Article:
CHICAGO — Right-hander Brad Keller figures to hold down a role in the Royals rotation for several years. He'll be under team control until 2024. He'll turn 24 in July, and still has made just 32 starts in the majors.

As much potential as the Royals currently have stockpiled in the minors, Brady Singer, Daniel Lynch, Jackson Kowar and Kris Bubic remain a long way from being proven big-league commodities.

Meanwhile, Keller has had success in the majors. He's shown flashes of the ability and mentality to be a lead guy in a starting rotation. If and when that burgeoning youth movement sweeps over the starting rotation, Keller's presence and experience will be crucial.

The "ace" label placed upon him in spring training may prove to have been bestowed a bit prematurely — Danny Duffy has been the most consistent pitcher since coming off the injured list — but Keller's progression greatly affects the pitching staff's future outlook.

For that reason, his recent struggles were reason for moderate alarm. Since a victory on opening day, Keller was 1-5 with a 5.29 ERA in his next nine starts.

His last two starts have included signs of progress, however. On Tuesday night, Keller took a loss but went through a start without issuing at least three walks for the first time in two months (10 starts). That came on the heels of his win last Wednesday against the St. Louis Cardinals, which included seven scoreless innings before he ran into trouble in the eighth.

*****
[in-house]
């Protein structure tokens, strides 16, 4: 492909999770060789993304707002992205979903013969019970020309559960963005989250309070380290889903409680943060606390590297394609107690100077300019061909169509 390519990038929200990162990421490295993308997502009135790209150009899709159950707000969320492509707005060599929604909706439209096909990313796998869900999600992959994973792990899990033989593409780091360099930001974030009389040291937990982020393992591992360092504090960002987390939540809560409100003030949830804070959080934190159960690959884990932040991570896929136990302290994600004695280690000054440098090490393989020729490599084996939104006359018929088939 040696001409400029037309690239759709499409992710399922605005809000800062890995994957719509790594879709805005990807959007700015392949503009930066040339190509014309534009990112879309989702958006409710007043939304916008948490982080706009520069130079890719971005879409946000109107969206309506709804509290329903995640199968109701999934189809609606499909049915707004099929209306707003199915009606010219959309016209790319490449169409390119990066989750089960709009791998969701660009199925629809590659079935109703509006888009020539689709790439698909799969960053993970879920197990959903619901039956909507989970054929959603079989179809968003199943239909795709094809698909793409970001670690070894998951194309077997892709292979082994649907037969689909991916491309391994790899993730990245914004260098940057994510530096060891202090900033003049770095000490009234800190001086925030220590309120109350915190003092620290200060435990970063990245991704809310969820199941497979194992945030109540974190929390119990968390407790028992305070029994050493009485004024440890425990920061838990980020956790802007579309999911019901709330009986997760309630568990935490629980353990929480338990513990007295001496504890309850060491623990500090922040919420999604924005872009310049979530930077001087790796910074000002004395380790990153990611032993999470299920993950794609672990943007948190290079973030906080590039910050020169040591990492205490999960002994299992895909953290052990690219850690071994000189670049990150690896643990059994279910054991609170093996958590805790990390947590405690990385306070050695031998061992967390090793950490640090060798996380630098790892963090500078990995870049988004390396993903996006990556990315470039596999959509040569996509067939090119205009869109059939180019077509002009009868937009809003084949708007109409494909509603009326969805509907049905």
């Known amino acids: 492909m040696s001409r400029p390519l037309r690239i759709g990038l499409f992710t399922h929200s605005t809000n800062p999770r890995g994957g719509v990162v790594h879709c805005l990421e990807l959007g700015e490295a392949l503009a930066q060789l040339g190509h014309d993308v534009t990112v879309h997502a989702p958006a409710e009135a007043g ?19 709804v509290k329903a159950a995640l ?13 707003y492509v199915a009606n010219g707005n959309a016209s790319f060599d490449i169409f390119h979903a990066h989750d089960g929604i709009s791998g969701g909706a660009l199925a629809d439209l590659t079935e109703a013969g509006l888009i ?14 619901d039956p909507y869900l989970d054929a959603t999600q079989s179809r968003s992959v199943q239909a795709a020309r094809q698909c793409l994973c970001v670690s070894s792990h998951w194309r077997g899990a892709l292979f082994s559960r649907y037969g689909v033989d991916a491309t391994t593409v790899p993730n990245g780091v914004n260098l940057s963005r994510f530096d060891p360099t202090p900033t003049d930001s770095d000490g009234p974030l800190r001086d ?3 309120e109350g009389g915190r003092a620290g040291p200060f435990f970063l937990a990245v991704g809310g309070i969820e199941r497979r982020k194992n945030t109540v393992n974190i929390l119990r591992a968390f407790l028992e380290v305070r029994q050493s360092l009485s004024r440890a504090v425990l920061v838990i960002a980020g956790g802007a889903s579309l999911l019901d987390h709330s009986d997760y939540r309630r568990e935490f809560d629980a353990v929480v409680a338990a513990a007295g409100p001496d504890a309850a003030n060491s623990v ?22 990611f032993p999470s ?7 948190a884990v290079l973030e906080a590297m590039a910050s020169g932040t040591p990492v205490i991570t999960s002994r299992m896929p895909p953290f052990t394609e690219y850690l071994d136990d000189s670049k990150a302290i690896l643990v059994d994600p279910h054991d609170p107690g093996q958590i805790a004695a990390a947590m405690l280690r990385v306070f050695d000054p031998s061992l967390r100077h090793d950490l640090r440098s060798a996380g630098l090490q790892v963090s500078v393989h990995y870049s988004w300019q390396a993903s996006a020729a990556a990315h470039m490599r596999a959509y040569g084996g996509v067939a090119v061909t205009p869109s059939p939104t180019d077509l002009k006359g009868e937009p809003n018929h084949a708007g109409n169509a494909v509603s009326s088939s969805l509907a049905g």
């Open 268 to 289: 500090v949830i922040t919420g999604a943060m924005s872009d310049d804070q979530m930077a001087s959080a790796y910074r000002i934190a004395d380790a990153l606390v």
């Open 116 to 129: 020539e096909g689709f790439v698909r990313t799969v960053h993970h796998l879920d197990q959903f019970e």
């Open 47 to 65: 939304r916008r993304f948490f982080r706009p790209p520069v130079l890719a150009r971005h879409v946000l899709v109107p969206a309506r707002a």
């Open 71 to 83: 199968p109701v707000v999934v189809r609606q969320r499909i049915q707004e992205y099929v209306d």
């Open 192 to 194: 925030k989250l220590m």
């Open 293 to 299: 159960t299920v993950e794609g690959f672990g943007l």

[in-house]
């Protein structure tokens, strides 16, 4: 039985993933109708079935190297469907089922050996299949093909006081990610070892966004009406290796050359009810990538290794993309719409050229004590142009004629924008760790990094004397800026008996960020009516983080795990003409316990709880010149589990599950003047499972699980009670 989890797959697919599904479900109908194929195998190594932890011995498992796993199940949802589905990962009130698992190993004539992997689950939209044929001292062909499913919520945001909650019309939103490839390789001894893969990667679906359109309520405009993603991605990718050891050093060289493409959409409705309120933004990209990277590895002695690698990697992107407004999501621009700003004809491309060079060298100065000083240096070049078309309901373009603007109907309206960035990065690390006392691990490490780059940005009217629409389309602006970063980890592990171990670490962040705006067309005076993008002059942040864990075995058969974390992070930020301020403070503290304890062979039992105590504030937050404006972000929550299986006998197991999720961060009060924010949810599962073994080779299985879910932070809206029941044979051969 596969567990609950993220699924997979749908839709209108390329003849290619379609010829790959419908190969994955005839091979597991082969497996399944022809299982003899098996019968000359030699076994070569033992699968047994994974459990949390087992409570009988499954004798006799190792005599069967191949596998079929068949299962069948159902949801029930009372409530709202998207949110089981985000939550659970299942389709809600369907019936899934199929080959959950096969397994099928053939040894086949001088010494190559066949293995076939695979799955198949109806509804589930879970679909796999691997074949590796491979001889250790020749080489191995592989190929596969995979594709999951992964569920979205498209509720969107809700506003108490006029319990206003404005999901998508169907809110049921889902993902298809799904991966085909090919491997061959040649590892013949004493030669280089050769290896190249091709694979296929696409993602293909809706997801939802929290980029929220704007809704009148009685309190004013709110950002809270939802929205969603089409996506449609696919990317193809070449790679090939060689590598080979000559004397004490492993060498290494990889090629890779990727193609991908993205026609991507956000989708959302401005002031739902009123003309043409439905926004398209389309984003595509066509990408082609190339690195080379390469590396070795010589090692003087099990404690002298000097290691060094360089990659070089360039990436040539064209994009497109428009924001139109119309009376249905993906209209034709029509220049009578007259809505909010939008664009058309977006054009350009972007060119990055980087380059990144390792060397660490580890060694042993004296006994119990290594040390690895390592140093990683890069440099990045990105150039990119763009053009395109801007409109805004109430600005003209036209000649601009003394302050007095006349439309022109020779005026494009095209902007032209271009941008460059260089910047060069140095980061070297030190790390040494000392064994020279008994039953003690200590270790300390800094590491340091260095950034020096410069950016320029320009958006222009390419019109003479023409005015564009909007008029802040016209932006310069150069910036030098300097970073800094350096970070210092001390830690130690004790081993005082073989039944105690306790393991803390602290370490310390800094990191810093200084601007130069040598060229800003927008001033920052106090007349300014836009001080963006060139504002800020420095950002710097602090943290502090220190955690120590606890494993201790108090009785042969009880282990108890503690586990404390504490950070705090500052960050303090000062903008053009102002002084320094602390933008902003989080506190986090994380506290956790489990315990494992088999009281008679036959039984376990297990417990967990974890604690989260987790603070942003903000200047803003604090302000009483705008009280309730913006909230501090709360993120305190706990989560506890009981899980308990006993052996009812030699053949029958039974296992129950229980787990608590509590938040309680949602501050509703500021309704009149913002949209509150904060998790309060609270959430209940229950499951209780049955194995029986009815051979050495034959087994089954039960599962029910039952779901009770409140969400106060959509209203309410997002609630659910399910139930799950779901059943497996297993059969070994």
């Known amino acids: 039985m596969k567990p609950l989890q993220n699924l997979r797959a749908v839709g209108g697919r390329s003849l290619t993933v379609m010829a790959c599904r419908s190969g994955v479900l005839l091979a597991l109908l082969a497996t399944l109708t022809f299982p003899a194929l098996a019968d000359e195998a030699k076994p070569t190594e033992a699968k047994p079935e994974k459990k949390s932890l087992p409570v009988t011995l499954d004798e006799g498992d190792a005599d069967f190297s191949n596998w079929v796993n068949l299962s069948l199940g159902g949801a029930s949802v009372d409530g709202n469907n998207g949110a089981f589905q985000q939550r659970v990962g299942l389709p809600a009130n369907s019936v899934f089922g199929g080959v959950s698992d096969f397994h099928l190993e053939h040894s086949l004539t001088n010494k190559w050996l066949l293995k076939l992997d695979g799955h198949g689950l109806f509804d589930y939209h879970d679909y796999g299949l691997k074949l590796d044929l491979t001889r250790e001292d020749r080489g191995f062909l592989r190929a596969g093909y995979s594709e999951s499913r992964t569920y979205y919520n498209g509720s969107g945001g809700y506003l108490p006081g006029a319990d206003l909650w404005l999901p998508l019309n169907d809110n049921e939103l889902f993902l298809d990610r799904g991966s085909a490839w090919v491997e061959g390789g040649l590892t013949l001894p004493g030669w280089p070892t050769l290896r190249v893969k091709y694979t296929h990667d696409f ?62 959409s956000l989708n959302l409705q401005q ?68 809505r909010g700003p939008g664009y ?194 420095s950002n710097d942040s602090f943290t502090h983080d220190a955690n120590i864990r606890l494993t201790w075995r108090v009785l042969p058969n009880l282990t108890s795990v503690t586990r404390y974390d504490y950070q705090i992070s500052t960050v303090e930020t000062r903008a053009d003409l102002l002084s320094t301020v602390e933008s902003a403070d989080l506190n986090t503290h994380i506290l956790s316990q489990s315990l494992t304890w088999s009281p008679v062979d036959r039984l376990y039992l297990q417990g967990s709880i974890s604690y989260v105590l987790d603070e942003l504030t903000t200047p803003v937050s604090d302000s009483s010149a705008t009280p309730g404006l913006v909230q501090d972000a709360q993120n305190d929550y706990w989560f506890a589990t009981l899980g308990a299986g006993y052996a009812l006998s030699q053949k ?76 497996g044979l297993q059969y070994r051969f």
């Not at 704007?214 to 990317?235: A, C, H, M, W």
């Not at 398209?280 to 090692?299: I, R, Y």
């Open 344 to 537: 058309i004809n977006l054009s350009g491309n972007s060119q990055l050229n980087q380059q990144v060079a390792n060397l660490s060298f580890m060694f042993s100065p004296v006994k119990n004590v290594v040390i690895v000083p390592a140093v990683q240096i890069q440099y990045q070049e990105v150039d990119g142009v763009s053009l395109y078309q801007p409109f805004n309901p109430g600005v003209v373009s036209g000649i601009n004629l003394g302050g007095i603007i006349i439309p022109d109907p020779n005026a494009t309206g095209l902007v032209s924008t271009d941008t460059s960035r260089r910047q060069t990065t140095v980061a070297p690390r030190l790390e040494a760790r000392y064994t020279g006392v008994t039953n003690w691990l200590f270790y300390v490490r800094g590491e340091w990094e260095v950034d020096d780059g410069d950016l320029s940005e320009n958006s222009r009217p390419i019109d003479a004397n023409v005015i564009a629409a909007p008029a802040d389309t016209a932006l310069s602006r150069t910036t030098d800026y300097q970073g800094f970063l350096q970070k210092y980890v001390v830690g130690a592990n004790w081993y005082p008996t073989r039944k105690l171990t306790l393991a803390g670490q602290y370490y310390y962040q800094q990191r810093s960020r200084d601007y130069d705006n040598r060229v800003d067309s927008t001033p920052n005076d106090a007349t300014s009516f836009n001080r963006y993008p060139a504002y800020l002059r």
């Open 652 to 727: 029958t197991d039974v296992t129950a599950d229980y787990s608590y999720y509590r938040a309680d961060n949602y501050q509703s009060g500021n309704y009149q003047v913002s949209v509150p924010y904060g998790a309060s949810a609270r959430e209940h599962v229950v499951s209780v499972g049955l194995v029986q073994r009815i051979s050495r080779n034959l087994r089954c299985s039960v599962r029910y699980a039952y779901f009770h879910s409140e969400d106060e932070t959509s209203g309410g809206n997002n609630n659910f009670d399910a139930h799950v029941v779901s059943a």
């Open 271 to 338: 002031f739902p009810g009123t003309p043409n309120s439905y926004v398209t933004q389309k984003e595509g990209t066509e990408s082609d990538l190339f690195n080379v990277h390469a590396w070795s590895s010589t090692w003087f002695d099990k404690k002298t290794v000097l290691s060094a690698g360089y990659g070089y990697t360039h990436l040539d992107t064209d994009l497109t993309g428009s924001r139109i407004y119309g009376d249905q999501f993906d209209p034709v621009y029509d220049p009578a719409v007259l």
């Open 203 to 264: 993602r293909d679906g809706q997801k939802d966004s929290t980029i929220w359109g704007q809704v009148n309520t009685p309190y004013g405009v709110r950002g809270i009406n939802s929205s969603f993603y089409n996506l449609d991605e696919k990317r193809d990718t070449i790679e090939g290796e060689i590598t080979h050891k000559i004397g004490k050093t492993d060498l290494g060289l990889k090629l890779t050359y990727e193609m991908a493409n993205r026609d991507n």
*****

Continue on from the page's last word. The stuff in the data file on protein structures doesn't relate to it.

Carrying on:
Tuesday against the White Sox, Keller gave up 10 hits. But he didn't give up an extra-base hit. Six of the 10 were ground balls. Keller relies largely on a sinker-slider combination.

"We had a good game plan going in," Keller said. "We got a lot of ground balls, and they kept squeaking by. A step over a step someway and we make some plays, but our infield was diving all over the place trying to get to the balls. Credit to them, but they just kept finding holes."

The most encouraging sign on Tuesday? In Keller's words, he "finally" filled up the strike zone with regularity. He'd struggled in recent starts to repeat his delivery, and he'd been firing pitches off-target.

"Way better (mechanically)," Keller said of Tuesday's start. "I pounded the zone. I got ahead of a lot of the guys and they just found a lot of holes tonight."

In Keller's sixth and final inning, he willed his way out of a potential game-breaking jam. The White Sox, leading 4-3, put runners on second and third and no outs.

Keller gave up a line-drive single up the middle and then a grounder deflected off the glove of second baseman Nicky Lopez and allowed the lead runner to go to third. The hitter advanced to second on the throw from the outfield.

But Keller bucked down and got back-to-back ground balls to third base with the infield drawn in, and an inning-ending fly ball to end the threat.

"He's such a ground ball guy, and he was getting his ground balls," Royals manager Ned Yost said. "We were just a foot out of (reach of) each an every one of them with a dive. I thought he threw the ball good. I thought he battled great.

"I thought it was a big inning for him in the sixth, second and third and nobody out on a ground ball that pushed when Nicky couldn't get it. He did a fantastic job of holding the fort right there to give us a chance."